Russia's foreign minister rejected Monday any attempt to impose a deadline on the Syrian leadership for complying with a cease-fire and peace plan designed by former United Nations chief Kofi Annan.
Annan, a special envoy on behalf of the Arab League and the U.N., was meeting with the Security Council at the world body's New York headquarters to discuss the progress – or lack thereof – of the peace plan in Syria. He has asked the U.N. to set an April 10 deadline for at least partial compliance with his plan by the regime of Syria's President Bashar al-Assad.
The plan includes an immediate cease-fire by both Assad's forces and the anti-government rebels it has been fighting for over a year, along with withdrawal of the regime's tanks and artillery from rebel-held civilian areas. The plan doesn't specify a deadline for Assad.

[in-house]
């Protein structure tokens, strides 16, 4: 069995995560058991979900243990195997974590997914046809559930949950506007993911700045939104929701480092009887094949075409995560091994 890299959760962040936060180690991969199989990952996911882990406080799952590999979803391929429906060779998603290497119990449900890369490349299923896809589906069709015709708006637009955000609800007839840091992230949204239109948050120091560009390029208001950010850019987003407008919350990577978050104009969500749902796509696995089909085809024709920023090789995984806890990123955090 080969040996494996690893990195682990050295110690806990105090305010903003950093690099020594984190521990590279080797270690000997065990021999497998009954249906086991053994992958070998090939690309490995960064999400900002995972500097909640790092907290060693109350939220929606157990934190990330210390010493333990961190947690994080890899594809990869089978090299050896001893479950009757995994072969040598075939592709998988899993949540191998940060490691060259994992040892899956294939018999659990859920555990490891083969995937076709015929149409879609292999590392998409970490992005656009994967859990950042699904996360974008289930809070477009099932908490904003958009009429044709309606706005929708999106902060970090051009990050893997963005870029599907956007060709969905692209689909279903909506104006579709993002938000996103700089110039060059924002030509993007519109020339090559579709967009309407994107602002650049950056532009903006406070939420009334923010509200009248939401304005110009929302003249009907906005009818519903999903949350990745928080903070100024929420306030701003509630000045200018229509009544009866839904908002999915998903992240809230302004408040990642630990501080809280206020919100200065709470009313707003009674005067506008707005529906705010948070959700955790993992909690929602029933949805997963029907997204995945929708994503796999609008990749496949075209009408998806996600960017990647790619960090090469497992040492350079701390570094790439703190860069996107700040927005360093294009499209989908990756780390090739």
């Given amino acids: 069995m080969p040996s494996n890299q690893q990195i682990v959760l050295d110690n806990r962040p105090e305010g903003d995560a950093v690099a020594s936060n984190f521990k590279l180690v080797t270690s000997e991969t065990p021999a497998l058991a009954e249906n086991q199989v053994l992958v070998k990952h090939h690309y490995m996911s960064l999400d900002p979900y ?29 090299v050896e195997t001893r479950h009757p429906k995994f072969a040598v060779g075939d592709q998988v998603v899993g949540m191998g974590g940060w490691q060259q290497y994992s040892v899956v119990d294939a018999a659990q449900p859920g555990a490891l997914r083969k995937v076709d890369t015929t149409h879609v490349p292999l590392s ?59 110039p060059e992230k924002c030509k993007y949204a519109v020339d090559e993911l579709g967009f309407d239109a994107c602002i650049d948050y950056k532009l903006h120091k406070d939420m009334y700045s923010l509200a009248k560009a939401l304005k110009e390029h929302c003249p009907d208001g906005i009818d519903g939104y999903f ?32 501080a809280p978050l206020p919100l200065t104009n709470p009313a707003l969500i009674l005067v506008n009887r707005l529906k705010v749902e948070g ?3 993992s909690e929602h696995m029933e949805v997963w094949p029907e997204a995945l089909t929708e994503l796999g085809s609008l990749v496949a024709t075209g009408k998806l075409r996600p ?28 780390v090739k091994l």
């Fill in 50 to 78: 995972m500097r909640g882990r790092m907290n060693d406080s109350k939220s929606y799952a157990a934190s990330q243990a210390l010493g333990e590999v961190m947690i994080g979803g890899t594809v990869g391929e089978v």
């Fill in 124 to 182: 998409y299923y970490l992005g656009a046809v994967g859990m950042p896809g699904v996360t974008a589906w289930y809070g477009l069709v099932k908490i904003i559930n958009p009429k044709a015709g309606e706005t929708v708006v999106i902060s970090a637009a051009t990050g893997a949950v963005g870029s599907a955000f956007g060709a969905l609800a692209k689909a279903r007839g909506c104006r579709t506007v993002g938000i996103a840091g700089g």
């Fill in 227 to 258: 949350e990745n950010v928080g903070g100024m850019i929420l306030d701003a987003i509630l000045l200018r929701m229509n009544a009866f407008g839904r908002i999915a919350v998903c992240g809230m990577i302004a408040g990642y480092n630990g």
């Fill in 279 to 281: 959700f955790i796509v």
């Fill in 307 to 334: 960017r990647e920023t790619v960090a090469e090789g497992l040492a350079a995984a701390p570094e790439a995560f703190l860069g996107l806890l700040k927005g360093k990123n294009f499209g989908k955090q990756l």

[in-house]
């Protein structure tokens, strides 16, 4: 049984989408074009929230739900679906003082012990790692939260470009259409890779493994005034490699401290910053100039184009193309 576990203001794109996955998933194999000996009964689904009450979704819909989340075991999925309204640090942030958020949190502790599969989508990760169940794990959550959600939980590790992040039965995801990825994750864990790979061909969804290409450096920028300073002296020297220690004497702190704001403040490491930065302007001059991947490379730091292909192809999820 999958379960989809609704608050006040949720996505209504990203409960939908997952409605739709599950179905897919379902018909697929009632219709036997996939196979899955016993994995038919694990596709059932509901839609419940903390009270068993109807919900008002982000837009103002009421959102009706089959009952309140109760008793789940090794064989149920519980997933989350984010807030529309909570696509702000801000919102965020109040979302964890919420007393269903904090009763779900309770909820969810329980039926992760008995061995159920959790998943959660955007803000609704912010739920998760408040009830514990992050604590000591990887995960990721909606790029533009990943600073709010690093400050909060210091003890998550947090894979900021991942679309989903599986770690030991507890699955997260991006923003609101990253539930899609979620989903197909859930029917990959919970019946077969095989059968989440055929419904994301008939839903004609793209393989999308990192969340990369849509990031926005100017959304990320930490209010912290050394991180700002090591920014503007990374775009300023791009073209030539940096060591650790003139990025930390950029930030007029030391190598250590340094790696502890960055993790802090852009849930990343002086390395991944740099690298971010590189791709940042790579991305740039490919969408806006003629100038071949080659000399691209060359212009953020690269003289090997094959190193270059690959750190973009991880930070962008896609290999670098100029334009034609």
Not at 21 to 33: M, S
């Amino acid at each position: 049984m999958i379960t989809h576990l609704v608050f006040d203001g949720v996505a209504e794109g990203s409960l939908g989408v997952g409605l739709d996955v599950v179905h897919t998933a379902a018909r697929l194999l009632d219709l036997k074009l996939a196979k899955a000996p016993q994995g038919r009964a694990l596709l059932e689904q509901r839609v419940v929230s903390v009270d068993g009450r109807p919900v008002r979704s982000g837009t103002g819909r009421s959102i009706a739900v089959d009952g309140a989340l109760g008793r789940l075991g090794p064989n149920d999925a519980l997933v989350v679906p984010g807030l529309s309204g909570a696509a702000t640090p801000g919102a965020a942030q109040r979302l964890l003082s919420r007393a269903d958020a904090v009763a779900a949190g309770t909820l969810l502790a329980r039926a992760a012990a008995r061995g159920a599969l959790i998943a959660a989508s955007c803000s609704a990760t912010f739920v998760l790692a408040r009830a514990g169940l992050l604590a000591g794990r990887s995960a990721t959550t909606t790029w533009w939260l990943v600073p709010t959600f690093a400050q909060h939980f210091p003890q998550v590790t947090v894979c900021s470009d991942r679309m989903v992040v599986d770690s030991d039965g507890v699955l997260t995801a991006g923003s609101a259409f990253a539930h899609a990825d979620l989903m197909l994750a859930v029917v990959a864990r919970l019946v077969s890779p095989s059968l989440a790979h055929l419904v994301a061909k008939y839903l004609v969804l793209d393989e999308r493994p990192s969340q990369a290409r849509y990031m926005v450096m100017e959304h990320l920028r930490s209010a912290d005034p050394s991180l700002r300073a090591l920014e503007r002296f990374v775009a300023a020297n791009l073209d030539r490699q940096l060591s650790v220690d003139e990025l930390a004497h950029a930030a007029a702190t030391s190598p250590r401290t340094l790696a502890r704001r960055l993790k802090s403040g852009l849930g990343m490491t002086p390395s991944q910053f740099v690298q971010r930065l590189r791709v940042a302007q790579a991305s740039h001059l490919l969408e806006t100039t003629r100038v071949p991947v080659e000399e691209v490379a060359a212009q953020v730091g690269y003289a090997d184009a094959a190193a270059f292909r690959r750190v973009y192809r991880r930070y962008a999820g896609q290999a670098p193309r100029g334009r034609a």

Sergei Lavrov, the Russian foreign minister, told journalists in Armenia: Ultimatums and artificial deadlines rarely help matters. The Security Council will judge who should implement Annan's proposals, and how.”
Lavrov said only the Security Council -- on which Russia is one of five veto-holding members -- can establish a time frame for Assad’s compliance with the Annan plan.
Over the weekend, at a summit in Istanbul, officials from Arab and Western countries indicated they would ask the U.N. to spell out such a deadline. Neither China nor Russia had representatives at that meeting.
Lavrov, on a visit to Armenia's capital, Yerevan, explained that he didn't got to Istanbul because no one from the Syrian government was invited.
We are trying to be friends for all Syrians and not only for one part of the Syrian nation, he said.
In Syria, the bloodshed continued Monday, with at least 18 people dead in the wake of a crackdown on rebel areas of the cities of Homs and Aleppo, and villages in northern Idlib province. At least 9,000 people have died in Syria since the revolt against Assad broke out in March 2011, according to U.N. estimates.